yeah I was lucky to have an artificial star and that really saved me here. It was the first time I ever used it. Had grabbed it out of my box of stuff I have. I was looking at it before, really wondering why it has five little lights. I set up my SCT in my little office downstairs, through two doors, out the laundry room, into my garage.  It worked great. I think two stars at the bottom were distorted from when I cropped the pic.  

 

 

edit

 

as luck would have it, last night I got everything set up --excited to try it out. And guess what, the clouds rolled in. June gloom is real. 

 

 

Edit, also, last time I used my scope, like four nights ago, it was way out of collimation. Of course DSO's were horrible.  But I was not too happy, or unhappy with my view of the moon. Does anyone know how collimation effects the moon?

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Edited by Ballyhoo, 20 June 2019 - 09:19 PM.


#15 jjack's

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Posted 21 June 2019 - 02:59 AM

And take care everybody about the diagonal.  Some are far off collimation.


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#16 jjack's

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Posted 21 June 2019 - 03:04 AM

My first 99% dielectric diagonal was 1) obviously not 99% reflectivity 2) collimation was good in my SCT without it and off with it.



#17 WadeH237

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Posted 21 June 2019 - 07:05 AM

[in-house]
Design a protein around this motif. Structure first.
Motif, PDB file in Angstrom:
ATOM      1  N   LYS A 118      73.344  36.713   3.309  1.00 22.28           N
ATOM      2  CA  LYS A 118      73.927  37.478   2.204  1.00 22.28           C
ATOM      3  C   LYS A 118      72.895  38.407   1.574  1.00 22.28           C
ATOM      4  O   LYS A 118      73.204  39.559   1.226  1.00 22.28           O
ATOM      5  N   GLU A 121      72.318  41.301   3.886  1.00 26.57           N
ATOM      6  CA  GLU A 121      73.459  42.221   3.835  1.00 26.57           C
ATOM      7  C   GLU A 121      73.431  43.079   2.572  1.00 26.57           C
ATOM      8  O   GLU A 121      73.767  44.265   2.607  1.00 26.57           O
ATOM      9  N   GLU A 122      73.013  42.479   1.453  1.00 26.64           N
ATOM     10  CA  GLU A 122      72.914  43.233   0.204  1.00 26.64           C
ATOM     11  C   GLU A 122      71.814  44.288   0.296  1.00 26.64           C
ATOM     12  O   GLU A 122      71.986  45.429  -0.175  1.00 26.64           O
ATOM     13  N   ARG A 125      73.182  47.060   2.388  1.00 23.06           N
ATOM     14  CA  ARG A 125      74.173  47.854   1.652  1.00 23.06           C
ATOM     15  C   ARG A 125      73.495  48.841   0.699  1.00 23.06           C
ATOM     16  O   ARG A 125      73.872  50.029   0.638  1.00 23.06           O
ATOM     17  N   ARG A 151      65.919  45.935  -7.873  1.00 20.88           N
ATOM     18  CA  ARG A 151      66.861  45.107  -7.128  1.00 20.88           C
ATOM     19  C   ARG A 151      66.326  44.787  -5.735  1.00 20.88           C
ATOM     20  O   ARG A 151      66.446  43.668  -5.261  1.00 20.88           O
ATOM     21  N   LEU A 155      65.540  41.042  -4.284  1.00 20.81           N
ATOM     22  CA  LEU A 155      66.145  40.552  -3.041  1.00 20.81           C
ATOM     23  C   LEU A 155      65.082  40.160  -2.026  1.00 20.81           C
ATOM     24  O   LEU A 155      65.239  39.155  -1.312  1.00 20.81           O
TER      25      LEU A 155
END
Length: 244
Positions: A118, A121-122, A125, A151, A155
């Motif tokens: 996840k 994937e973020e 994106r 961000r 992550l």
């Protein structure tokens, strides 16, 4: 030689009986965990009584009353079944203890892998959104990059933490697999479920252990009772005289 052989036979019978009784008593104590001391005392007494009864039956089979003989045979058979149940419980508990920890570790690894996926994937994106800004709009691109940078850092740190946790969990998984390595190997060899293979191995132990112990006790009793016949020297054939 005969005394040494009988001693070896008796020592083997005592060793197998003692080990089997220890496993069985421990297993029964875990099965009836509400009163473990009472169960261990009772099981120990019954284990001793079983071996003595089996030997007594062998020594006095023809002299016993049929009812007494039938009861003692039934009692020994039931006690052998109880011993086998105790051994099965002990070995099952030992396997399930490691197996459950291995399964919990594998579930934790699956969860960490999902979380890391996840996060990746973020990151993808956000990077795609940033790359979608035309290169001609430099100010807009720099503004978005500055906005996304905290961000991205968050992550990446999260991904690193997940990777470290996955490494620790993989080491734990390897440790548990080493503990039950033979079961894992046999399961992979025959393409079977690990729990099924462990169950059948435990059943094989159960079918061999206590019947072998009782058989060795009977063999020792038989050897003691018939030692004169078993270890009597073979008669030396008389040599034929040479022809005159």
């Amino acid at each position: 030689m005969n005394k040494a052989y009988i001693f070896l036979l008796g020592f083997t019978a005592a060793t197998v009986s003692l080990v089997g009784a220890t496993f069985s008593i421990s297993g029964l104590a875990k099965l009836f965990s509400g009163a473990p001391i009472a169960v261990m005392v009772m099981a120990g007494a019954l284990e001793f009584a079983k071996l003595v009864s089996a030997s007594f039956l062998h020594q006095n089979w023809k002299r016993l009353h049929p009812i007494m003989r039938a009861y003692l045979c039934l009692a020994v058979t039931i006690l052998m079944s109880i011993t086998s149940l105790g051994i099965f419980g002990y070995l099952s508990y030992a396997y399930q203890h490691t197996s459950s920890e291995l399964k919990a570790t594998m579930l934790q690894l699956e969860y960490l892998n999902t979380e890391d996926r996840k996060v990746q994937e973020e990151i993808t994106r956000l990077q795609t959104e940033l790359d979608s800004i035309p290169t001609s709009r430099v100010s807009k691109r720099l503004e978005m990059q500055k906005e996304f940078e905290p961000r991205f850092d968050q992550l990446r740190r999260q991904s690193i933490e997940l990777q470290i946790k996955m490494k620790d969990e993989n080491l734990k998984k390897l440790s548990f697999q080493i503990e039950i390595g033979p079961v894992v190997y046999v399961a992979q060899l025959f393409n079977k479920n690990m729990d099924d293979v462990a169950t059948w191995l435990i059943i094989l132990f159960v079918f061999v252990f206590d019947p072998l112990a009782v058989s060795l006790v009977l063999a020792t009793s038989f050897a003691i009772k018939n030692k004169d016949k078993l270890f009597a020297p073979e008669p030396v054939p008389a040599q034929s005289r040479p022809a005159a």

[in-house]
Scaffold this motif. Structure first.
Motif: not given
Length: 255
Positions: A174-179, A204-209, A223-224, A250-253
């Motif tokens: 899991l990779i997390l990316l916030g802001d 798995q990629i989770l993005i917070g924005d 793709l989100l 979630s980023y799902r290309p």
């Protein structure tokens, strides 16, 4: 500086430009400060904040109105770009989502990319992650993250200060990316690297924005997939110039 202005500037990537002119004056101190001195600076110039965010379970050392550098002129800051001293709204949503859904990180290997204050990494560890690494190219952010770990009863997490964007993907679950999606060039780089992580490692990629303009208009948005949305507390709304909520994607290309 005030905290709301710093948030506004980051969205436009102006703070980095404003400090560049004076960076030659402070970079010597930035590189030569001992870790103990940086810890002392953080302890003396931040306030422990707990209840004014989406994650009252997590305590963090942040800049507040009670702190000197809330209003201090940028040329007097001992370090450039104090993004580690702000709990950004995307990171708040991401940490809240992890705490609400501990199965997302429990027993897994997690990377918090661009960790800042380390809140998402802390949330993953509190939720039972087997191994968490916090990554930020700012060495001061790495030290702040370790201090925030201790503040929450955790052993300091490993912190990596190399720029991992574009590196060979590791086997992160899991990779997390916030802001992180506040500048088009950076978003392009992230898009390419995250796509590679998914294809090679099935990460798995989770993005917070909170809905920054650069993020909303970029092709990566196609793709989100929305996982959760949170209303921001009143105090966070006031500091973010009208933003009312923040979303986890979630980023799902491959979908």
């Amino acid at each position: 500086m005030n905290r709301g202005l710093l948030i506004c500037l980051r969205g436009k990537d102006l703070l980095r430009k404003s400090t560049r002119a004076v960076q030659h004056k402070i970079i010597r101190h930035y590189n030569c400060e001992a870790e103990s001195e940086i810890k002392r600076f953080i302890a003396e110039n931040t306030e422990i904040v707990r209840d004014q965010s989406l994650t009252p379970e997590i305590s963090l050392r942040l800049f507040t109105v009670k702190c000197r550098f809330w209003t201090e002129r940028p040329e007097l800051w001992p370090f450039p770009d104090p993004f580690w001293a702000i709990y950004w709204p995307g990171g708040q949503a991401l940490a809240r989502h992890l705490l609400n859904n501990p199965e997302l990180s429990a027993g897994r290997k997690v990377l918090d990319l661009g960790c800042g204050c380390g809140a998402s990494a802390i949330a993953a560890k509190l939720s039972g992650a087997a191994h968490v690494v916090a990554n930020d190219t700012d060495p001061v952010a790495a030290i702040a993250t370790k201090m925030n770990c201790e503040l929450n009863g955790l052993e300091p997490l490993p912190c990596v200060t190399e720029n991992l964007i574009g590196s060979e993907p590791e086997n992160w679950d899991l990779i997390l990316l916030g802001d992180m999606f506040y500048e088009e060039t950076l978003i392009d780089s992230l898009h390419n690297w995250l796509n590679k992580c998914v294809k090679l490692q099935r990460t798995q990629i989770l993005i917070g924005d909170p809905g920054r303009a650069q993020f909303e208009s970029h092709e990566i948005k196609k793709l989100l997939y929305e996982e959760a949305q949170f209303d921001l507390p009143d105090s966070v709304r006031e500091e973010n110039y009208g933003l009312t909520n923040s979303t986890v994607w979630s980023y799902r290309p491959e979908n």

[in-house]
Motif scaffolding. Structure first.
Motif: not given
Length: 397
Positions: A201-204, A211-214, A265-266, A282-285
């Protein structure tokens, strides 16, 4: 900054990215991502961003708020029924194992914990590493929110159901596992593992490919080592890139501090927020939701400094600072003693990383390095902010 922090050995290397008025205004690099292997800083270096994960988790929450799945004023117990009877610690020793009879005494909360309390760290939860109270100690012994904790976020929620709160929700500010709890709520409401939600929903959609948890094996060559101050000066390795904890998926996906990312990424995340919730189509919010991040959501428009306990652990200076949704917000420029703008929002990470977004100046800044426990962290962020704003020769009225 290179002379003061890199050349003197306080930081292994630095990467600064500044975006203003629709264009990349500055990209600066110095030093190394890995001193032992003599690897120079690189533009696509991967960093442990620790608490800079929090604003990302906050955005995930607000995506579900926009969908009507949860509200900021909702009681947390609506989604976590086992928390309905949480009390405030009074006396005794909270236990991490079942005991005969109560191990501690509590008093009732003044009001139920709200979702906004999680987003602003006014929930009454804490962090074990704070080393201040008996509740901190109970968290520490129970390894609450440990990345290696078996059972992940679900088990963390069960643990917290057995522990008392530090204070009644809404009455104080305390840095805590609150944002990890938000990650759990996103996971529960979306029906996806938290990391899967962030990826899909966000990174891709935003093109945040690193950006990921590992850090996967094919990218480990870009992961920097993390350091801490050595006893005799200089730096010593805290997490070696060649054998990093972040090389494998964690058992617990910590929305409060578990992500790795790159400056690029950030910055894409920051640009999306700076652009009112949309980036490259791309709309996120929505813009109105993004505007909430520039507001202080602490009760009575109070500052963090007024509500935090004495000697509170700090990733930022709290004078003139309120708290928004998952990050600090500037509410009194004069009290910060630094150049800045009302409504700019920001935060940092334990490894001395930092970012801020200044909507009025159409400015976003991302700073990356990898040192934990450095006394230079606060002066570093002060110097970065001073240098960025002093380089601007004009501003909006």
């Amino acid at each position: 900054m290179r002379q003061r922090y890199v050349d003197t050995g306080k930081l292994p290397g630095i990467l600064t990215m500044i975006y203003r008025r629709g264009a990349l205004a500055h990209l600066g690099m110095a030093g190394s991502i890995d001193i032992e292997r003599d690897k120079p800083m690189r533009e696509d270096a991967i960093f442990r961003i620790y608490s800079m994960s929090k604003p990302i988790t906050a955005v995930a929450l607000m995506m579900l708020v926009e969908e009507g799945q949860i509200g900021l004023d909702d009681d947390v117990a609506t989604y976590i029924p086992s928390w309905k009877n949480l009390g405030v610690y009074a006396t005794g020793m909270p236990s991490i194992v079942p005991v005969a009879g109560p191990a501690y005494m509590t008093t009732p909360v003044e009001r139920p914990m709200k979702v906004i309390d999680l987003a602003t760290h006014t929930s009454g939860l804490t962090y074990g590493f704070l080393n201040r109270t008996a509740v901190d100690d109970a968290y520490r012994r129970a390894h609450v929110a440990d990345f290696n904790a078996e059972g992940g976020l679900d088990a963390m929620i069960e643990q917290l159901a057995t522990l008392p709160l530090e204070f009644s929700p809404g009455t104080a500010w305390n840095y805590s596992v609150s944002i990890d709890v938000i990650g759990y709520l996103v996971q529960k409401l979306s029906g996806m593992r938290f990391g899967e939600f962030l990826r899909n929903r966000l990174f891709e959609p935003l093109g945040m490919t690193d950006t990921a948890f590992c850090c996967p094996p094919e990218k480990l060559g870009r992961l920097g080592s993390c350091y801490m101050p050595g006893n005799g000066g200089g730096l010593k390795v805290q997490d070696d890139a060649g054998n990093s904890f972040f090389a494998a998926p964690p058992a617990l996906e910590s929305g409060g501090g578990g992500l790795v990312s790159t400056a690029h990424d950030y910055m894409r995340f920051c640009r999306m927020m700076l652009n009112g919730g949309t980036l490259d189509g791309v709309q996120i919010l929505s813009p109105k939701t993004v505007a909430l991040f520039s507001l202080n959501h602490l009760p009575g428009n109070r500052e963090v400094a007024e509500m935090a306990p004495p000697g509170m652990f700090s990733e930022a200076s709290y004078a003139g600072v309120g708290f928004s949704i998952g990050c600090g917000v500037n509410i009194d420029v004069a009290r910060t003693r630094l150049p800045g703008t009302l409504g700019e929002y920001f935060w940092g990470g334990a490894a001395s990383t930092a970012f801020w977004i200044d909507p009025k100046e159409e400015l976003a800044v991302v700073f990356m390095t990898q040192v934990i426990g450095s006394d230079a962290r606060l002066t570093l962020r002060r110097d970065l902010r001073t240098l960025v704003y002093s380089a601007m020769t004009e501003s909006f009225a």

Does anyone know how collimation effects the moon?

Miscollimation affects fine detail and harms contrast.  The greater the miscollimation, the greater the damage to the image.

 

With stars and planets, all of the details are small, so a small miscollimation is noticeable.  With planets, the contrast is subtle and even a very slight miscollimation can harm the views.  With diffuse DSOs, miscollimation harms the image, but since your eye generally doesn't see the fine details, it can be harder to notice the damage to the view with a slight miscollimation, but it's there.

 

The moon is unique.  It has very high brightness, very high contrast, and tons of detail at many image scales.  A miscollimation will reduce contrast and wipe out fine detail.  But since there is so much contrast and details at medium and large image scales, your eye will find something to see.  So even though the view might look decent, it will be missing the potential sharpness and fine detail that would be there if collimation was spot on.